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comedy

Courtesy of The Hachette Book Group

It’s still a little hard to believe, but 17 years ago a comedian famous for his contributions to Saturday Night Live ran to become a U.S. Senator from Minnesota, and won, barely. At first it appeared he had lost, but after a recount and a protracted legal dispute, Senator Al Franken went to Washington. And not because he’s such a funny guy.

Photo courtesy of The Fung Bros

The Fung Bros, Andrew and David Fung, have more than a million followers on their YouTube channel. (And yes, they're real biological brothers.) 

Photos courtesy of John Nowak/CNN

W. Kamau Bell remembers the first time he encountered blatant racism — which until then seemed like an outdated concept his mom talked about. He was 15 years old and shopping at Rose Records in Chicago when a store security officer threw him (literally) out into the street.

They chat, they joke, they drive a classic 1963 Corvette. When President Obama appears on Jerry Seinfeld's online show Comedians in Cars Getting Coffee, their conversation topics range from nothing to the sanity of world leaders and the merits of profanity.

Much of the talk also centers on what it's like for a guy to live in the Oval Office, the White House and a position of extreme power. A recurring theme: how a regular person adjusts to both the privilege and the stress that come with the presidency.

Courtesy Paul Currington

The thing about depression is that it magnifies the bad and diminishes the good. And the worst part is the loneliness you feel when you're caught up in it.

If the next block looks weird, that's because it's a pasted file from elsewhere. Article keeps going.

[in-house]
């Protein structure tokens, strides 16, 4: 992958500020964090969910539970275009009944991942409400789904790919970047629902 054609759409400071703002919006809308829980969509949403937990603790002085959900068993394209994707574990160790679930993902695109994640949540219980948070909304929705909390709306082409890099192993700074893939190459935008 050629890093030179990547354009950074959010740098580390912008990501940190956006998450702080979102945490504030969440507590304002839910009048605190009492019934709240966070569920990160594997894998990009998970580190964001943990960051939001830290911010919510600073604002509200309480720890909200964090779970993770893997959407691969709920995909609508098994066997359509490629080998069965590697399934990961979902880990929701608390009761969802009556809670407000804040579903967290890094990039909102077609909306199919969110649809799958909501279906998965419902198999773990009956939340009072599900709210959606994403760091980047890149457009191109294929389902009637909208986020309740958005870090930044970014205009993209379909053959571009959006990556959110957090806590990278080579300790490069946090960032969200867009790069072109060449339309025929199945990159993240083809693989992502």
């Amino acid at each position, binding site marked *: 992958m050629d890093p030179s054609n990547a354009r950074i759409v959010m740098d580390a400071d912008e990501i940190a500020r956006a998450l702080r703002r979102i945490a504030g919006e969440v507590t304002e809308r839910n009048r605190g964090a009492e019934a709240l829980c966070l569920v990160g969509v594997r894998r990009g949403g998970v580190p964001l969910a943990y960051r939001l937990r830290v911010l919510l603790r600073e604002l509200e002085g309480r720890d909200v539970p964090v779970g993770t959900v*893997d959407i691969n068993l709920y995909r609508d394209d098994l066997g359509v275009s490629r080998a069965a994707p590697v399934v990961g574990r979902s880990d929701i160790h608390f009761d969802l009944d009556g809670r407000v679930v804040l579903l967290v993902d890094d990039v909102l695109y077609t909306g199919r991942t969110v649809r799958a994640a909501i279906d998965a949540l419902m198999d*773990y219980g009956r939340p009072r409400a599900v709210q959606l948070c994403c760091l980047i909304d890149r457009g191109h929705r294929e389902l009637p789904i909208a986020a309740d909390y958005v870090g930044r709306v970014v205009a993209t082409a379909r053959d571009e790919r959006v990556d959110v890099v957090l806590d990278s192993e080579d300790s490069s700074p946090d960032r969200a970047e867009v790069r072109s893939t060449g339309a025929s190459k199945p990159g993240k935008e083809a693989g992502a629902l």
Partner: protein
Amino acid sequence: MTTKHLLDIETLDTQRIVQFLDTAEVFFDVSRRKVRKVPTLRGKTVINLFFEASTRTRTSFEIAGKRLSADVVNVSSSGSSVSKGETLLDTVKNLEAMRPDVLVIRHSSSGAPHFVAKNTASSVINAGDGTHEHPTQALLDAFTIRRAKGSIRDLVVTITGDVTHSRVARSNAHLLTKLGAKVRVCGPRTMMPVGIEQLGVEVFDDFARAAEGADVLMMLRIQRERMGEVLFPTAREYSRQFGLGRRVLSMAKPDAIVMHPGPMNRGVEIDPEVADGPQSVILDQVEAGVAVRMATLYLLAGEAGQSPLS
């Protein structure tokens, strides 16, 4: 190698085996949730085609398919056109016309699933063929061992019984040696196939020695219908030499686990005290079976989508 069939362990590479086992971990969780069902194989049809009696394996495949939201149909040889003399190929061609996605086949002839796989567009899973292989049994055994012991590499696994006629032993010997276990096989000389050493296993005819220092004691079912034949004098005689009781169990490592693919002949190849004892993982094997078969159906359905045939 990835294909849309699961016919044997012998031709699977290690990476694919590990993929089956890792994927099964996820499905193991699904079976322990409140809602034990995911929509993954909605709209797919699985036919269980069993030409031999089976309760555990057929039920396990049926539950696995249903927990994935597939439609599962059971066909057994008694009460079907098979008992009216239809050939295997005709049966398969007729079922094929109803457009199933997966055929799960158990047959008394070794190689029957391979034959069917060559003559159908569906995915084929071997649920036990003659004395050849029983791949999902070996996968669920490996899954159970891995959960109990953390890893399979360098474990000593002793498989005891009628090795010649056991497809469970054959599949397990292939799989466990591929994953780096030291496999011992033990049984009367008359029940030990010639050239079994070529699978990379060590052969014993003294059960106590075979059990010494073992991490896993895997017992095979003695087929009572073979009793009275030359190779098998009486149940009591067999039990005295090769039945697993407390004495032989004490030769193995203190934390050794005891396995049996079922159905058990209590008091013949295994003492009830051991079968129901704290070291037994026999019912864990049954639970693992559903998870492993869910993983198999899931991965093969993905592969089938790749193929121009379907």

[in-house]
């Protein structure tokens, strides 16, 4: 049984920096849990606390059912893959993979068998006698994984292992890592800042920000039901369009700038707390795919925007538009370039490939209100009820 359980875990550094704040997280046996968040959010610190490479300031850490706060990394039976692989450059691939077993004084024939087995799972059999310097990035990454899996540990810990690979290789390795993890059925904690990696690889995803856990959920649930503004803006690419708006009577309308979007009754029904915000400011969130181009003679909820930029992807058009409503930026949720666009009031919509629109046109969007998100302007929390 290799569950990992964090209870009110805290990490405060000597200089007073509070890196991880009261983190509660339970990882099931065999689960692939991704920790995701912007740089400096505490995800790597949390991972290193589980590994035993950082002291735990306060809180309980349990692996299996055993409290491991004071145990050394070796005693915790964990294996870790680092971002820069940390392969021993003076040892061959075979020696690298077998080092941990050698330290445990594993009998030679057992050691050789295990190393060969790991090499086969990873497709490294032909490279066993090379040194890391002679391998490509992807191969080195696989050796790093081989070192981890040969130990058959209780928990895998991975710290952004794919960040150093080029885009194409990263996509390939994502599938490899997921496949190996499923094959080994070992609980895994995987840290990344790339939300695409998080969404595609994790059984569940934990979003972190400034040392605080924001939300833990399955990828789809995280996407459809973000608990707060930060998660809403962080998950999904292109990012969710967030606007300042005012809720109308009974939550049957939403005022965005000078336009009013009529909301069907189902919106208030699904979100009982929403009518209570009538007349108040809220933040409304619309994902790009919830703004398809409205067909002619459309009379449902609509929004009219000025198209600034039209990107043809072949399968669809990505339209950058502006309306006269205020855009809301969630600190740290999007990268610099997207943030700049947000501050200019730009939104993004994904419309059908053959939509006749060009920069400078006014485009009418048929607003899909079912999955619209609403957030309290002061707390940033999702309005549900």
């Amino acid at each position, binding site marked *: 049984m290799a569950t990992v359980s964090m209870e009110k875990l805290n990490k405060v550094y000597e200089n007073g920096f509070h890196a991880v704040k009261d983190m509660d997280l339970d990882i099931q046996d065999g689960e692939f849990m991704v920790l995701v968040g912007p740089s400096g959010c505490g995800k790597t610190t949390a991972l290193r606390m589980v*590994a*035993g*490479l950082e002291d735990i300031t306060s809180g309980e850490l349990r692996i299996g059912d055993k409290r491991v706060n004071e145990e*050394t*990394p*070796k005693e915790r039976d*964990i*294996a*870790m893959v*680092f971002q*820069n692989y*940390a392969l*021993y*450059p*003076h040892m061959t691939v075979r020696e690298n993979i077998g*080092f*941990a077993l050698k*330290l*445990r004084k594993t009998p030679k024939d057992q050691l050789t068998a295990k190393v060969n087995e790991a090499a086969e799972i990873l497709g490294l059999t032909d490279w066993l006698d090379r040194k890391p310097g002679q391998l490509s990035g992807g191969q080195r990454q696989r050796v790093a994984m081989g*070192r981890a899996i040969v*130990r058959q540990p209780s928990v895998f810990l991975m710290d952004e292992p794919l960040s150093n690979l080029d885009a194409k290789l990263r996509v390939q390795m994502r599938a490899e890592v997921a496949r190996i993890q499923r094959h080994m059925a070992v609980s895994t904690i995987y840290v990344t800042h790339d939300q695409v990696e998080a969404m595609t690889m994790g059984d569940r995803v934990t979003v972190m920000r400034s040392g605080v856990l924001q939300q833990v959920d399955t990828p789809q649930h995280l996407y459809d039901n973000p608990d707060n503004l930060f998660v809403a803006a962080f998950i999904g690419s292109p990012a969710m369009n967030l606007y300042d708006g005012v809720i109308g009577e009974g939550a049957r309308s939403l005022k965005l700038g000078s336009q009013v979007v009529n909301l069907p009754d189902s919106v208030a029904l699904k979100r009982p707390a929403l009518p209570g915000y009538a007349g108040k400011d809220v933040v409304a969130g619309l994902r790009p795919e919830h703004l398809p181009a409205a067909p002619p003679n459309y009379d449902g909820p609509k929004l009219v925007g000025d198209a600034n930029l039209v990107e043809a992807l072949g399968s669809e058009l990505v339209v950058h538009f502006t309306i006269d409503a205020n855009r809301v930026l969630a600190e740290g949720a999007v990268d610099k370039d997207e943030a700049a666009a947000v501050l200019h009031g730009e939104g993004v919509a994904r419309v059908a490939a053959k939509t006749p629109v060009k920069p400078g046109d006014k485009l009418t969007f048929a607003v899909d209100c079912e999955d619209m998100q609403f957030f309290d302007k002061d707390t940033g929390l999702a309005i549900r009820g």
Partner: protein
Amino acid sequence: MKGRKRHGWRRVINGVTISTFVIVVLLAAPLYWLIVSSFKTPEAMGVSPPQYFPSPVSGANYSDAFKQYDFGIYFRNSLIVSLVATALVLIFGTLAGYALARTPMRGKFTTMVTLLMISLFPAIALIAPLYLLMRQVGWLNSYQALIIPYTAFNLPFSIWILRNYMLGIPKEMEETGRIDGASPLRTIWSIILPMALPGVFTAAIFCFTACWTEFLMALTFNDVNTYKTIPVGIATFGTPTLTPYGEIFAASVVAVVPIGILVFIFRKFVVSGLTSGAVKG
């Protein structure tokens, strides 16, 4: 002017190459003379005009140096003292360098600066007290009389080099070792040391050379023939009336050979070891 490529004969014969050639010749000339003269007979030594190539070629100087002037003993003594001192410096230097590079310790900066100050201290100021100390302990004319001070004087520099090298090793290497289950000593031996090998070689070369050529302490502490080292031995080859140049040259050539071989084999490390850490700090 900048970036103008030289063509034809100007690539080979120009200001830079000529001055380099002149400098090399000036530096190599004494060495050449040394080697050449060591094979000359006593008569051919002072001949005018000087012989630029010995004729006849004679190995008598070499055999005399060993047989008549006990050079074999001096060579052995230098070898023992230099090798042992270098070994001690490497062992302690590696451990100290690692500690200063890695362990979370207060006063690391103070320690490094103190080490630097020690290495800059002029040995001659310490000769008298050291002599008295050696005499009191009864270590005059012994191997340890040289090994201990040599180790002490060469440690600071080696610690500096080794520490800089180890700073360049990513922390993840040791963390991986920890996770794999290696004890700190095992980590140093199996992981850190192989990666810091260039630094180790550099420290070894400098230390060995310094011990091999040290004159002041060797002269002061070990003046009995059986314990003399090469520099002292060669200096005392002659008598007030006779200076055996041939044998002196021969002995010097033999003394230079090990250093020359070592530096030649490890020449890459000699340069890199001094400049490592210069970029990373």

Carol was the only one who could take that loneliness away, which is why it was so hard when we broke up after seven years. But what kept me from going over the edge was that we actually kept sleeping together.

We were about a year and a half into this new cutting edge therapy when I went to a coffee shop to see a friend of mine play guitar. I was standing in line before the show to get coffee and I felt someone touch my elbow behind me. It was Carol, and she smiled at me and went to sit over with some mutual friends of ours.

Louis C.K. has made a career in comedy by going places others won't. He can be shockingly crude and deeply insightful in the same sentence.

In his Emmy-award winning TV show called Louie, the comedian basically plays himself — a divorced standup comic in New York with two kids. Season 4 of the show kicked off last week.

Louie is "right where I started him, really," he tells NPR's Rachel Martin. "Some stuff happened, but he ended up back where he was, which sort of is the way things work. It's a zero-sum game, at times."

Flickr Photo/92YTribeca (CC BY-NC-ND)

Ross Reynolds talks with comedian Hari Kondabolu about race in America, the coming white minority and his new album, "Waiting For 2042." Kondabolu will be performing at the Neptune Theatre in Seattle on Saturday, March 29.

'The Samaritans:' When 'The Office' Meets International Aid

Mar 25, 2014

Steve Scher speaks with Hussein Kurji, creator of the new comedy TV series "The Samaritans," a mockumentary set in Nairobi, Kenya. Kurji talks about the fictional NGO that "does nothing."

AP Photo/Mitchell Zachs

Steve Scher talks with humorist Dave Barry about his new book, "You Can Date Boys When You're Forty: Dave Barry On Parenting and Other Topics He Knows Very Little About."

KUOW Photo/Bond Huberman